Here is an observation of Whippman’s with which I heartily agree: “If happiness is community, then a psychologically healthy society takes collective responsibility for the well-being of its most vulnerable members.” I agree, however, because Whippman’s conclusion happens to coincide with my culture, upbringing, or perspective. Like her, I am willing to accept contentment–with occasional bouts of joy–rather than run relentlessly after happiness; and like her I find most contentment among human beings, though I may want them to shut up and just hang out quietly in the same room with me for awhile! Furthermore, it increases my happiness when I know that in my community (or nation), other people are cared for, not just me. In my point of view, happiness–including personal happiness–arises when I know that all human beings have their needs met.

But I recognize that not everyone will agree with Whippman’s, or my, conclusion that community is happiness; indeed, there is a good argument to be made for Sartre’s “Hell is other people,” too.

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Recent discussions on diversity among fellow people employed in academia (what it appears to mean, what it might include) and reflections on mortality, consciousness, the notion of the self–and spirituality and religion–not to mention science writing on evolution, have pushed me into a deeply introspective mode. Yet I find I want to converse with other people about these ideas, not hole up in my own head; I seek, and have been happy to participate in, discourse with others.

In another word: community.

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Here’s a paragraph from Daniel Dennett’s Breaking the Spell that I want to share with my students:

If you can approach the world’s complexities, both its glories and its horrors, with an attitude of humble curiosity, acknowledging that however deeply you have seen, you have only just scratched the surface, you will find worlds within worlds, beauties you could not heretofore imagine, and your own mundane preoccupations will shrink to proper size, not all that important in the greater scheme of things. Keeping that awestruck vision of the world ready to hand while dealing with the demands of daily living is no easy exercise, but it is definitely worth the effort, for if you can stay centered, and engaged, you will find the hard choices easier, the right words will come to you when you need them, and you will indeed be a better person. [italics Dennett’s]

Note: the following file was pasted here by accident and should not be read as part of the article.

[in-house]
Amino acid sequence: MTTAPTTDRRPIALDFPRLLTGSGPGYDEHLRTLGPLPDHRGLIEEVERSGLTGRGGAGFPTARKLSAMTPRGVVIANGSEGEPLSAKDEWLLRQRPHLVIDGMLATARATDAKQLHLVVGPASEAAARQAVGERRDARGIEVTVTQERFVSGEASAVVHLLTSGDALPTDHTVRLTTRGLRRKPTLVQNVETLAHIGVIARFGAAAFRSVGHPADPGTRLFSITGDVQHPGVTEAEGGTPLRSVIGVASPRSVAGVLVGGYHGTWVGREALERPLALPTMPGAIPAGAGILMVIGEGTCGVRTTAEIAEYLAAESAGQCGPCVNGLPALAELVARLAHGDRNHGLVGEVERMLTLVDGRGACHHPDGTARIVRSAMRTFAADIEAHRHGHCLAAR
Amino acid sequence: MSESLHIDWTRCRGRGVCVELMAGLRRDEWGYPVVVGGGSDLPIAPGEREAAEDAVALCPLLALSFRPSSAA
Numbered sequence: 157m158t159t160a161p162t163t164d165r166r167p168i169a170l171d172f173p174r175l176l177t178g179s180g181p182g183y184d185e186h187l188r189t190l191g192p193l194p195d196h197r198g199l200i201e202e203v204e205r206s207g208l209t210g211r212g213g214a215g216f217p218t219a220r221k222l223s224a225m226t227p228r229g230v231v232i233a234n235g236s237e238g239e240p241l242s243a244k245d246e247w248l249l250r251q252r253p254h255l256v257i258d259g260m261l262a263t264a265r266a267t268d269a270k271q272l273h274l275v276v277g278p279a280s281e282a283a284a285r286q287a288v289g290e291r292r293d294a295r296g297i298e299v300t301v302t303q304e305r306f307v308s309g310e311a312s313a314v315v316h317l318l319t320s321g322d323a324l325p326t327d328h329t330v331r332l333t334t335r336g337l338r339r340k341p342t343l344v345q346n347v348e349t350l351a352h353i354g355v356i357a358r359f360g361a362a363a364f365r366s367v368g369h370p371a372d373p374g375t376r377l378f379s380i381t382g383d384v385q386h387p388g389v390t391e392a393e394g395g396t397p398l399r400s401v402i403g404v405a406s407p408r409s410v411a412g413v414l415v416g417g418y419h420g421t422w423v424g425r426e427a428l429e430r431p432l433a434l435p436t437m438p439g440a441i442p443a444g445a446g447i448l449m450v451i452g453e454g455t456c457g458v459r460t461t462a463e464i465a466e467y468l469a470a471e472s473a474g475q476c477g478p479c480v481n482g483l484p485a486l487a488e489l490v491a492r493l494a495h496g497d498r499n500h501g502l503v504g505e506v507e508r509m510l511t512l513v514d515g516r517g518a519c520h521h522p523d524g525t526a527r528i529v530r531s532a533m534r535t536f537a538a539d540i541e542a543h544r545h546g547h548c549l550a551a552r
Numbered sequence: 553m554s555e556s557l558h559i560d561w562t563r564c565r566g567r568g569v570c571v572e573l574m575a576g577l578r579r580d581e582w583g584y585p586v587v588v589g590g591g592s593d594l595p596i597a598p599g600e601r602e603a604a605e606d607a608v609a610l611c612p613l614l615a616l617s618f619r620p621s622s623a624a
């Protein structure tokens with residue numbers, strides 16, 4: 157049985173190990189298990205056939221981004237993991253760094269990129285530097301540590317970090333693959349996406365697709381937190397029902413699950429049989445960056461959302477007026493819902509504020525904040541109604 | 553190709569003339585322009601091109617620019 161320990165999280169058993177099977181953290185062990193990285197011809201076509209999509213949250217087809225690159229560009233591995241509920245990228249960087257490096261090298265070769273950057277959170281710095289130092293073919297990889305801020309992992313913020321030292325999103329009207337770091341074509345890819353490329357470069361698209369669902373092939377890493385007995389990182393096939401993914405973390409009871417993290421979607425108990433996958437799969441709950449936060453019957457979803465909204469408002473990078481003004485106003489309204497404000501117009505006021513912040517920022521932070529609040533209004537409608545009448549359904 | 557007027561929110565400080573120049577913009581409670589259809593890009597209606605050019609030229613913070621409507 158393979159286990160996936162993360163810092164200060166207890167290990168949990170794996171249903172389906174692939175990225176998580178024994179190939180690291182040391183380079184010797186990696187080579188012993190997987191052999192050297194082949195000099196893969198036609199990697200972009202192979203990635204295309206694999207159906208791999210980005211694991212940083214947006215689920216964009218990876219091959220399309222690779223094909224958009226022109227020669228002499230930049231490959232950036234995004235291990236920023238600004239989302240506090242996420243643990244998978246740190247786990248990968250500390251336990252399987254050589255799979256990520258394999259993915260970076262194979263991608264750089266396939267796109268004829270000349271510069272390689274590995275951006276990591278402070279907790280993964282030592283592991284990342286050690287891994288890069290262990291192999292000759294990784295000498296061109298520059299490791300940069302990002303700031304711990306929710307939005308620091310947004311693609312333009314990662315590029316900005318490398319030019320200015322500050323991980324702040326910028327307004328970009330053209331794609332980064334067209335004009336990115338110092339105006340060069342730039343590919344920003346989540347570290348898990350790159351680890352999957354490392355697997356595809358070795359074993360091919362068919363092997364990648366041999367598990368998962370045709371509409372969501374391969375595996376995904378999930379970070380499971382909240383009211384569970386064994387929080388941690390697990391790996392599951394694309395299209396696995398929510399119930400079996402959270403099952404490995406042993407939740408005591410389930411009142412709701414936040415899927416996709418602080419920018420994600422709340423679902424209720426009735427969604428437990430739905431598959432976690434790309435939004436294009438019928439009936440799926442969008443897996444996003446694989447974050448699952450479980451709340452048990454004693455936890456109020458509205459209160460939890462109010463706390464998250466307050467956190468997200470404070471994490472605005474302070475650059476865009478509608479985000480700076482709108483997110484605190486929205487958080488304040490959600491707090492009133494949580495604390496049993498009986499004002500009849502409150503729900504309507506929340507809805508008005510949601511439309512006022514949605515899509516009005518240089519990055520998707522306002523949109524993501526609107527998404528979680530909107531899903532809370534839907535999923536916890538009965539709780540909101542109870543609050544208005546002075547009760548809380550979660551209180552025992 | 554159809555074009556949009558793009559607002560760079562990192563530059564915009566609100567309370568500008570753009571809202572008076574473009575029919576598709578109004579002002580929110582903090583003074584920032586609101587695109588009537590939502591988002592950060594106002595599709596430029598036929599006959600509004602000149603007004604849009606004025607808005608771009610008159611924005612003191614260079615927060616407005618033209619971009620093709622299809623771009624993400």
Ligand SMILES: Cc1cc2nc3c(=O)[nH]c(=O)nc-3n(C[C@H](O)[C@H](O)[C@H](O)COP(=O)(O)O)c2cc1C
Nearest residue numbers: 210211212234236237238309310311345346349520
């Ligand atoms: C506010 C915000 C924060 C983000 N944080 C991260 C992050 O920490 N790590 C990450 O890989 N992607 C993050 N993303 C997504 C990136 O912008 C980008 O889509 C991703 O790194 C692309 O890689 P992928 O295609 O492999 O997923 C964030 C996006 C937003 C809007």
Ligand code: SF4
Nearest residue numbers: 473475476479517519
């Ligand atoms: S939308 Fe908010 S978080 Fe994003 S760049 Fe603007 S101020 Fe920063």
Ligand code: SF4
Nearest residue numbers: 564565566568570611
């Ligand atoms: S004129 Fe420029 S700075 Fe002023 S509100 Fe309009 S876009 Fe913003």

Complexity, community, curiosity, contentment. The four Cs?

Oh, let’s add chardonnay. Make it five.  🙂

Beautiful brain

While waiting for the snow to evaporate and melt, the gardener experiences agitation; the days are longer–it must be time to plant seeds…but the soil is too wet and too cold.

Fortunately, there are always books! I have read Daniel Dennett on religion, George Lakoff on the embodied basis for philosophy, and am plowing rapidly through Ruth Whippman’s (acerbic and very funny) America the Anxious.  Also I am slowly savoring an anthology of Jewish women’s poems, The Dybbuk of Delight, that I randomly discovered in the library.

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But here’s a book I want to own, when I can justify more book purchases: Beautiful Brain: the Drawings of Santiago Ramon y Cajal, because Art! because Neuroscience! because Beauty! The blog Hyperallergic says the drawings are going to be touring museums (see The Dynamic Brain Drawings of the Father of Neuroscience), which might also become a must-do for me when the exhibit travels to New York City next January.

What Cajal was doing back at the turn of the last century still inspires artists, not just medical scientists, today (see my post on Greg Dunn’s neuro-artworks). These compellingly beautiful and quite accurate drawings may also inspire poets and armchair philosophers who have lately spent a great deal of time pondering the resilience of the brain and the challenges that rupture a sense of self when cognition is interrupted.

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Credit goes to Abrams Books for these graphics and for the decision to publish this beautiful text.